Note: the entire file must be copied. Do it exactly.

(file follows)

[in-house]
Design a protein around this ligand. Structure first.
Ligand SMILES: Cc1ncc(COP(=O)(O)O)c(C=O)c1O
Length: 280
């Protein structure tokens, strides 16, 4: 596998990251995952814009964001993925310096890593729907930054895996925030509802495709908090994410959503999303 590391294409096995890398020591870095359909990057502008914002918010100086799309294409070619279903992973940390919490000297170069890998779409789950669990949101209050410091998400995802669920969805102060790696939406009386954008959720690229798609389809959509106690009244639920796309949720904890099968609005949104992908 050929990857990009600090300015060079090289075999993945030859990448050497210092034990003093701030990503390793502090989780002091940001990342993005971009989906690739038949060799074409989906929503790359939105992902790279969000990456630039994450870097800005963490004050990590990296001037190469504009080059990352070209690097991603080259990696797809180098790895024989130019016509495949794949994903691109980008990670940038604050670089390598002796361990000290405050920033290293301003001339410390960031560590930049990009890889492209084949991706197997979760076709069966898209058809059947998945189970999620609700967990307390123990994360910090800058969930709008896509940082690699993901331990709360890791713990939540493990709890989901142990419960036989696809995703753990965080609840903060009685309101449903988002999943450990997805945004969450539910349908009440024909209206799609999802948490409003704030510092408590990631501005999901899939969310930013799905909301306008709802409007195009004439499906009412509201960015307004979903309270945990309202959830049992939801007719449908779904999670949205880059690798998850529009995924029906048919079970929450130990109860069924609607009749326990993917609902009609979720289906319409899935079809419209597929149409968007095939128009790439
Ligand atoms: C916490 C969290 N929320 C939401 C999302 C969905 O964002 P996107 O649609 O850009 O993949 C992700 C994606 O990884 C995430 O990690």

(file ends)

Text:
[in-house]
Design a protein around this ligand. Structure first.
Ligand SMILES: Cc1ncc(COP(=O)(O)O)c(C=O)c1O
Length: 280
């Protein structure tokens, strides 16, 4: 596998990251995952814009964001993925310096890593729907930054895996925030509802495709908090994410959503999303 590391294409096995890398020591870095359909990057502008914002918010100086799309294409070619279903992973940390919490000297170069890998779409789950669990949101209050410091998400995802669920969805102060790696939406009386954008959720690229798609389809959509106690009244639920796309949720904890099968609005949104992908 050929990857990009600090300015060079090289075999993945030859990448050497210092034990003093701030990503390793502090989780002091940001990342993005971009989906690739038949060799074409989906929503790359939105992902790279969000990456630039994450870097800005963490004050990590990296001037190469504009080059990352070209690097991603080259990696797809180098790895024989130019016509495949794949994903691109980008990670940038604050670089390598002796361990000290405050920033290293301003001339410390960031560590930049990009890889492209084949991706197997979760076709069966898209058809059947998945189970999620609700967990307390123990994360910090800058969930709008896509940082690699993901331990709360890791713990939540493990709890989901142990419960036989696809995703753990965080609840903060009685309101449903988002999943450990997805945004969450539910349908009440024909209206799609999802948490409003704030510092408590990631501005999901899939969310930013799905909301306008709802409007195009004439499906009412509201960015307004979903309270945990309202959830049992939801007719449908779904999670949205880059690798998850529009995924029906048919079970929450130990109860069924609607009749326990993917609902009609979720289906319409899935079809419209597929149409968007095939128009790439
Ligand atoms: C916490 C969290 N929320 C939401 C999302 C969905 O964002 P996107 O649609 O850009 O993949 C992700 C994606 O990884 C995430 O990690």